I hope that this constructive proposal from the Liberal opposition will be well received by the government so that we can make our democracy more transparent and more open to everyone.

Political Loans Accountability Act
Government Orders

5:05 p.m.

Edmonton—Sherwood Park
Alberta

Conservative

Tim Uppal Minister of State (Democratic Reform)

Madam Speaker, I look forward to working with the member on this bill and having further discussion.

The fact is it is not only banks, but it is other financial institutions as well. Not just that, it is friends, family, supporters, the average Canadian who has the ability to make donations or to lend money, or even to guarantee money within the contribution limits.

Does the hon. member not think it is important to get out and engage Canadians and ask for that support? As members of Parliament, or as candidates, or as political parties, is it not important that we tell Canadians what we are about, tell them about our platform and ask for that support? Should we not ask them to be a part of the campaign and to donate money? It does not have to be $1,100. It could be $200, or it could be $50. It is a matter of engaging Canadians and getting more of them to contribute to a member's campaign either in donations, or loans, or as a guarantee. Is it not important to engage with as many Canadians as possible and to get that financial support so they are more engaged?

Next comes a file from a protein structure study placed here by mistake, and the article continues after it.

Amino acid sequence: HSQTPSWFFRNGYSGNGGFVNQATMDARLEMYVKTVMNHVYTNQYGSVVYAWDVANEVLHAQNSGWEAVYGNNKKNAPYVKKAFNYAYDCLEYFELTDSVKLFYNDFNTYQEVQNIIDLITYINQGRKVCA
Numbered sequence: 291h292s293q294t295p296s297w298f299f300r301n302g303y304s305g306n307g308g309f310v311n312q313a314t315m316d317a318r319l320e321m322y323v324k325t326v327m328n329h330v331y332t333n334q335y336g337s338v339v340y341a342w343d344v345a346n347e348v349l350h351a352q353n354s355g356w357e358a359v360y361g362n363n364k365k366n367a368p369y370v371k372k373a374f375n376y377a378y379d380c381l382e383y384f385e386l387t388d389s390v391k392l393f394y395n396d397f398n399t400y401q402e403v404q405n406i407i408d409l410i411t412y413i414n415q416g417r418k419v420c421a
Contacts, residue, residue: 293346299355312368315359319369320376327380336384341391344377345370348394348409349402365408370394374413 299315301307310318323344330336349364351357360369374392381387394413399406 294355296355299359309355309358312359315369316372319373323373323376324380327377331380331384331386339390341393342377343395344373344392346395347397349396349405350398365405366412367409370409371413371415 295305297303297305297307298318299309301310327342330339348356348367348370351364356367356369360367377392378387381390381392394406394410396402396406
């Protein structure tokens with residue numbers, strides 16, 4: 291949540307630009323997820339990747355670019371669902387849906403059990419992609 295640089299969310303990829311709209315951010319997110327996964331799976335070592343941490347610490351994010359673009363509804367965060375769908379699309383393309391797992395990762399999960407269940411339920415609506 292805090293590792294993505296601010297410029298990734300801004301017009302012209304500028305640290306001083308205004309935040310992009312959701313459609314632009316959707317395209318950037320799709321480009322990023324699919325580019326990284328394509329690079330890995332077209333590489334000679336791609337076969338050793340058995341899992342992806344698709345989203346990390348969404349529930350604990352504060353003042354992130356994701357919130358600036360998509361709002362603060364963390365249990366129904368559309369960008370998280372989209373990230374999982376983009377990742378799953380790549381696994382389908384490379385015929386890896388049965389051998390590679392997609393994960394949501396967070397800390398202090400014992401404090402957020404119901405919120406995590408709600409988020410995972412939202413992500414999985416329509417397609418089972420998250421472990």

Political Loans Accountability Act
Government Orders

5:10 p.m.

Liberal

Stéphane Dion Saint-Laurent—Cartierville, QC

Madam Speaker, if the minister were to come in with a bill saying that the maximum is $1,000 for everybody, we would discuss whether it was reasonable or not, and I would not have a problem with ethics. I have a problem with ethics on moral grounds when he tells me it is okay for a bank, an insurance company, or whatever, to give more than $1,000, but it is not okay for a Canadian citizen. I do not understand what is the basic ground regarding the morality of the bill. I have a problem with that. My party has a problem with that.

If he were telling me that he does not want the amount to be more than $1,000, maybe I would argue that it is too low and that it should be $5,000 and we need to discuss it. However, he is telling me it is okay for a financial institution to give much more than that, but it is not okay for a Canadian citizen to do that. The problem is that a Canadian citizen has the right to have a political opinion, to have confidence in a candidate and to show it, while a bank is not supposed to have a political opinion.

I asked what the moral ground of the bill is. The minister did not answer. What would be the criteria for financial institutions to decide if a candidate were to receive money or not? Would it be that the bank sympathizes with the candidate's platform? What is it? It will politicize the banking institutions of this country and that is wrong.